It has been reported that the United States has discreetly decided to transfer ATACMS systems to Ukraine, partly to discourage hasty Russian logistical movements away from the frontlines, and partly to avoid incurring the ire of the electorate. Several conclusions can be drawn from these developments. Firstly, during the next electoral cycle, the Biden administration’s commitment to Ukraine may not be readily discernible from public declarations. Pragmatically, the Democrats recognize that they are deeply enmeshed in the Ukrainian conflict, and the event of Kyiv’s defeat could precipitate a direct Moscow-Washington confrontation. Consequently, official White House communications concerning Ukraine will adopt a markedly different tone.
Meanwhile, Europe is bracing itself for a showdown with Russia sans US backing. The European Union is actively pursuing an expansion of arms production, encompassing everything from artillery to anti-missile defense systems. This endeavor seeks to empower the European community to independently furnish Ukraine’s arsenals. It is evident that a surge in financial support is also on the horizon. Ultimately, Kyiv may yet attain “new glory,” whether on the battlefield or in the realm of combating corruption. American policymakers are not solely preoccupied with external adversaries but also with internal ones.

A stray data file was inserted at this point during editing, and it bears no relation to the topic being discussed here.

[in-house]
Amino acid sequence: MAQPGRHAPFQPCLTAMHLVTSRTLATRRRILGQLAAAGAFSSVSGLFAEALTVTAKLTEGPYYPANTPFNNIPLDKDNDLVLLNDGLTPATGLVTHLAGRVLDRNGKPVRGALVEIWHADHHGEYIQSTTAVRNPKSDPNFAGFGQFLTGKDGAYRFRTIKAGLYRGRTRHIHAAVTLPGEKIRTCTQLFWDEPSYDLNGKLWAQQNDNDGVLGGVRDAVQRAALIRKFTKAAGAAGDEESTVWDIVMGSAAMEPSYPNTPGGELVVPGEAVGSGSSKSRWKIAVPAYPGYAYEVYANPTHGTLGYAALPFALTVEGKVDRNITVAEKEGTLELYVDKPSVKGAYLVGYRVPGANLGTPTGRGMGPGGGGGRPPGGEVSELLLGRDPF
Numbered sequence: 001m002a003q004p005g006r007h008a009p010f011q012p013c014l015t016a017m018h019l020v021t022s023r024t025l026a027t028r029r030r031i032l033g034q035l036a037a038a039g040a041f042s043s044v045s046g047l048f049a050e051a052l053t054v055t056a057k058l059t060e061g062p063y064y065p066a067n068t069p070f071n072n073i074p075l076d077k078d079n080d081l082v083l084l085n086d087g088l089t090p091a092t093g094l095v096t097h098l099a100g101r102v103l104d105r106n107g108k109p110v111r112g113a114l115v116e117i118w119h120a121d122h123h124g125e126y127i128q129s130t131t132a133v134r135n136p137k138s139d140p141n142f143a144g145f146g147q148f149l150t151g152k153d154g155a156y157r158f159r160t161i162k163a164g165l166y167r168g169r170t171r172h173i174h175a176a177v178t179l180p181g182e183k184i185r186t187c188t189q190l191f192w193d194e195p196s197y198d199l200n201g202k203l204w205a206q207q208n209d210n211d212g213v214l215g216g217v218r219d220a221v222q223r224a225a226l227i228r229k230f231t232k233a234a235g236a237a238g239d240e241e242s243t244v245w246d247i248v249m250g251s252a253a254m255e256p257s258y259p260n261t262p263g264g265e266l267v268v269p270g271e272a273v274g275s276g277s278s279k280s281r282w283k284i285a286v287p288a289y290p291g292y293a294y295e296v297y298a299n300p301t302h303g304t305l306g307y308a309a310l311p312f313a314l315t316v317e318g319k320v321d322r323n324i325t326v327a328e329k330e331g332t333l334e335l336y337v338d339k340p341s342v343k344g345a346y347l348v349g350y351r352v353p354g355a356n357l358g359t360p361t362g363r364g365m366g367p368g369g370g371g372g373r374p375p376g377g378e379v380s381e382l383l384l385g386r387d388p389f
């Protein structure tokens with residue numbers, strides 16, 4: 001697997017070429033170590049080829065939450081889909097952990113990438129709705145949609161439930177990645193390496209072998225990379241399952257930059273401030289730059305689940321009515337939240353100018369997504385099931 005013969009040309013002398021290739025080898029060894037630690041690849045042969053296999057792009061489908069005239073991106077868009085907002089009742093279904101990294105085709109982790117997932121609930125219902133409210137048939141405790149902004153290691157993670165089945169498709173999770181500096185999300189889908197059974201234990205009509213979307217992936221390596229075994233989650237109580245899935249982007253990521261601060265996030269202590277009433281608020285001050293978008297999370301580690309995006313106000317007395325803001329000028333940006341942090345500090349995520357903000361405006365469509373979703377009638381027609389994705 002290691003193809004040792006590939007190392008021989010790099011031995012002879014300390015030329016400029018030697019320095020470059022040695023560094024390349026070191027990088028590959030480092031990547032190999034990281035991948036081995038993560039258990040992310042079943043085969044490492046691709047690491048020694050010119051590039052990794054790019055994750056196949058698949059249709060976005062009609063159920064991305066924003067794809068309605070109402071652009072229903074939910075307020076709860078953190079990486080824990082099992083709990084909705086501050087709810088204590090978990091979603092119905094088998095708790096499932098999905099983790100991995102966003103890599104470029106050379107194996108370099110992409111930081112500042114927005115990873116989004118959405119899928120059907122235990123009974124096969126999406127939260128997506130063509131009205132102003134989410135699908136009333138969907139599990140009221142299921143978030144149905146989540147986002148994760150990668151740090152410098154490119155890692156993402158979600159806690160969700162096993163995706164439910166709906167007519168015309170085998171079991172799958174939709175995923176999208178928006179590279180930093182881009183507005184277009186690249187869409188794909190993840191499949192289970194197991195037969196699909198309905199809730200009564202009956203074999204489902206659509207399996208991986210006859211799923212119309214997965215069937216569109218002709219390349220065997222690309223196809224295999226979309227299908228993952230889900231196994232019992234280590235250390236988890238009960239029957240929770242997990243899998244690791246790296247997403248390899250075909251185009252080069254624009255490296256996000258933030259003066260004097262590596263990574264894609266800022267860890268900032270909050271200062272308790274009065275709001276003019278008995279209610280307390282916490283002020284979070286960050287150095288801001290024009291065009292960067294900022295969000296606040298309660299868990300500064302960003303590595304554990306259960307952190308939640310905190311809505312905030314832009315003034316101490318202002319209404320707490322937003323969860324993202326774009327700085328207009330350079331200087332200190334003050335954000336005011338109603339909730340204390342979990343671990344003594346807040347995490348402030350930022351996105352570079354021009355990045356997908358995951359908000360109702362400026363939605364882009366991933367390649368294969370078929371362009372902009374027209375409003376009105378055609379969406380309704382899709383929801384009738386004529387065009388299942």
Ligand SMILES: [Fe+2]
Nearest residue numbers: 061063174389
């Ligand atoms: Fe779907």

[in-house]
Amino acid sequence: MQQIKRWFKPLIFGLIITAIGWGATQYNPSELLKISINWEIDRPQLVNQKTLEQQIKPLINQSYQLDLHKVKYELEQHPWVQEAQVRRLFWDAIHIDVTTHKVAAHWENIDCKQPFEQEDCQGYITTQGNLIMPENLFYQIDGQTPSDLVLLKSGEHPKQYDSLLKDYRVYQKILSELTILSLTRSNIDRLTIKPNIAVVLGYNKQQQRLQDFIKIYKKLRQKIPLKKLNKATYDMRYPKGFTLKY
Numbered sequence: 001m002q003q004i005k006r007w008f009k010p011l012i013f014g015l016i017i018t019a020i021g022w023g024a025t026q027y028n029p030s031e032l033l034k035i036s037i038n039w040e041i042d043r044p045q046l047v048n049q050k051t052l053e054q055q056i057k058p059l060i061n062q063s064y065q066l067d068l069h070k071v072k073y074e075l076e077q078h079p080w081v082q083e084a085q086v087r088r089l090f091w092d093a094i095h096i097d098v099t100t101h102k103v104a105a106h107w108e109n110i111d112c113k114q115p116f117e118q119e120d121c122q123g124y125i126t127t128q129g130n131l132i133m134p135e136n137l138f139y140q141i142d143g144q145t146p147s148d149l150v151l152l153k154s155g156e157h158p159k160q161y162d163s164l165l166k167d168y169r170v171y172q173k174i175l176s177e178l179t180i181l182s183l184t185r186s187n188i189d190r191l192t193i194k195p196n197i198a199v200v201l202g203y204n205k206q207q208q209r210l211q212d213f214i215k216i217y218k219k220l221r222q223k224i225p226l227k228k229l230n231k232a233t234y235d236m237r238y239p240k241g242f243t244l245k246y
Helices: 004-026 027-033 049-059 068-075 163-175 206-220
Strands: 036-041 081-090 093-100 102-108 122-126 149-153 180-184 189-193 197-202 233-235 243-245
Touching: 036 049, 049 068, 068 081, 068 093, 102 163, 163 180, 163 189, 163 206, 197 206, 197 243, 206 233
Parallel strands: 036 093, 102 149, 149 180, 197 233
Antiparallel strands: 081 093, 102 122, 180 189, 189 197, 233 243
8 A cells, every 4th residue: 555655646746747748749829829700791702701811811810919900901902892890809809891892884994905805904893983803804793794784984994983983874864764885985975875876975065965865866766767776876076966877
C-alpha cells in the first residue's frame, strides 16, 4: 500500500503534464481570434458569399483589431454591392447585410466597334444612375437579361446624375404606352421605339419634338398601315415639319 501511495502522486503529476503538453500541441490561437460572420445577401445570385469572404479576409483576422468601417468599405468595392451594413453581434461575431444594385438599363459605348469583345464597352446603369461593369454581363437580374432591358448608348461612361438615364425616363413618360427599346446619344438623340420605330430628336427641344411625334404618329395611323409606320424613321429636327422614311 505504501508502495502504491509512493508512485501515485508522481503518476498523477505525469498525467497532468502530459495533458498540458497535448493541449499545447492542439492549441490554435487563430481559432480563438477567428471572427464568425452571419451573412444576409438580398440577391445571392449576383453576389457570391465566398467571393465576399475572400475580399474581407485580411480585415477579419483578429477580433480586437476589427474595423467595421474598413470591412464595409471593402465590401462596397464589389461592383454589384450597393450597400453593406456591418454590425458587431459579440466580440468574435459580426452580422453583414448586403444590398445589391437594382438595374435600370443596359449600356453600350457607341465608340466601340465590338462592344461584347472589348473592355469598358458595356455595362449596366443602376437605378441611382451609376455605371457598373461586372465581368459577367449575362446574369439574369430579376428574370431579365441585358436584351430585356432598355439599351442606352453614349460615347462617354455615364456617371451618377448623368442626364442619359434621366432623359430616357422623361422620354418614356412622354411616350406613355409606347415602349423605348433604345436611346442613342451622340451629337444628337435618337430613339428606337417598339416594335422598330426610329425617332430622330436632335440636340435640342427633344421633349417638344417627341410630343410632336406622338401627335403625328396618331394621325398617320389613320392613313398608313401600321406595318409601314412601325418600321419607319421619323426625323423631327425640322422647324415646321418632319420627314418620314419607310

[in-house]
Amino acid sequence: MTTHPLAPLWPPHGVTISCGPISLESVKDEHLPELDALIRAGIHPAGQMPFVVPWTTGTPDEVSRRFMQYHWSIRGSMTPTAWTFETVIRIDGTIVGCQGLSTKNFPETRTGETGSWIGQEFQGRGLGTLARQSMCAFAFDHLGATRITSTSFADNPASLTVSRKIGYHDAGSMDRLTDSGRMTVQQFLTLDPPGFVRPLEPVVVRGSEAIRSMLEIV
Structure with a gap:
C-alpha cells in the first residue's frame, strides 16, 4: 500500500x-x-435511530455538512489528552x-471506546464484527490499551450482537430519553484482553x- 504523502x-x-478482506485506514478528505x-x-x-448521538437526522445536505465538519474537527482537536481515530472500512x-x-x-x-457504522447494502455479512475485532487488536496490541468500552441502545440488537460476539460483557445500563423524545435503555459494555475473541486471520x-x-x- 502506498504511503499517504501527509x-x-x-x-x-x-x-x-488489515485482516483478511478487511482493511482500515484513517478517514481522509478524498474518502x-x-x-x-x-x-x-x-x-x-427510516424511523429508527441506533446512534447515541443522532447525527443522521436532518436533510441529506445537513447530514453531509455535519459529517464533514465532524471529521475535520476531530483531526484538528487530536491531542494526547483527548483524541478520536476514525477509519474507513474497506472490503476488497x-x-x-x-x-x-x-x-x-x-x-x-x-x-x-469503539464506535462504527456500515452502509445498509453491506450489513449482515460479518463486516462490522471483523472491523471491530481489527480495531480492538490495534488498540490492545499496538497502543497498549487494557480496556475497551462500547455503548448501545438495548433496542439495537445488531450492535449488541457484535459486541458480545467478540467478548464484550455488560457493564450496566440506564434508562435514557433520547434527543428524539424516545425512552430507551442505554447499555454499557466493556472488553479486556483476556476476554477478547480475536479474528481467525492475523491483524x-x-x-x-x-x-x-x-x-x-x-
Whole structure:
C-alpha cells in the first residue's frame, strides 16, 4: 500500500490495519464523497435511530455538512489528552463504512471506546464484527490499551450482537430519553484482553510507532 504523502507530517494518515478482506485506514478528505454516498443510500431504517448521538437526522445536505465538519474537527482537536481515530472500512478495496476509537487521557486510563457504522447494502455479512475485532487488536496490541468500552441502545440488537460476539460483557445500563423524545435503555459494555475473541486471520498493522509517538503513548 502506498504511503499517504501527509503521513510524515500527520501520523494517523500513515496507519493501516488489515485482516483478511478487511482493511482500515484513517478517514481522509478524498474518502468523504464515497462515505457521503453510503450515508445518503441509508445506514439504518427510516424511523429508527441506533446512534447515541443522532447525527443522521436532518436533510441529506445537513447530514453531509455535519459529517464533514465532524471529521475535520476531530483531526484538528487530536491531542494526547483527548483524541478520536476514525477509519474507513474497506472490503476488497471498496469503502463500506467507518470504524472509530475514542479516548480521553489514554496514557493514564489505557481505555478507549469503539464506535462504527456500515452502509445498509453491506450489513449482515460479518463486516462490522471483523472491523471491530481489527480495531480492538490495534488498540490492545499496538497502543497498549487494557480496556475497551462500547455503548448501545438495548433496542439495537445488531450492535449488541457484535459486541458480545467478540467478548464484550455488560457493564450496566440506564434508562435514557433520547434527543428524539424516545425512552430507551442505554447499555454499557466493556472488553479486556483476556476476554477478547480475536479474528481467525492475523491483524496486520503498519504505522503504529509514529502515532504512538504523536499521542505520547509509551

Frequently Asked Questions
What can you tell us about Vladimir Putin’s recent meeting with the Russian Security Council members?
Vladimir Putin recently held an operational meeting with permanent members of the Russian Security Council, defying doctors’ advice to avoid work. The meeting had limited public access, with an introductory part not broadcast to the public, and a double recorded it. The meeting focused on reports from Security Council Secretary Nikolai Patrushev and FSB Director Alexander Bortnikov, primarily discussing the situation in Nagorno-Karabakh and Armenia’s leadership.
What was the outcome of the meeting regarding Armenia’s leadership and the CSTO?
Patrushev and Bortnikov expressed doubts about removing Armenia’s current leadership in the near future. There was a consensus on the importance of preventing Armenia from leaving the CSTO (Collective Security Treaty Organization). However, concrete solutions to retain Armenia within the CSTO were not presented.
How did Vladimir Putin react to the meeting’s outcomes?
Putin, dissatisfied with the meeting’s results, kept criticisms brief, possibly due to fatigue, and concluded the meeting.
What did Vladimir Putin do over the weekend following the meeting?
Over the weekend, Putin reviewed reports, assessed the front’s status, engaged in discussions about government and security bloc changes, and prepared for his upcoming birthday. He also managed to find time for relaxation and had a two-hour fishing trip.
Was there mention of a Putin look-alike in the weekend activities?
Yes, a Putin look-alike had leisure time over the weekend and enjoyed a two-hour fishing excursion, which was a rare opportunity for him given the limited entertainment options available to him.
How is Europe preparing to respond to Russia’s actions without U.S. support?
Europe is gearing up to confront Russia independently by expanding arms production, including artillery and anti-missile defense systems. This effort aims to enable the European community to provide support to Ukraine autonomously, and an increase in financial aid is also anticipated.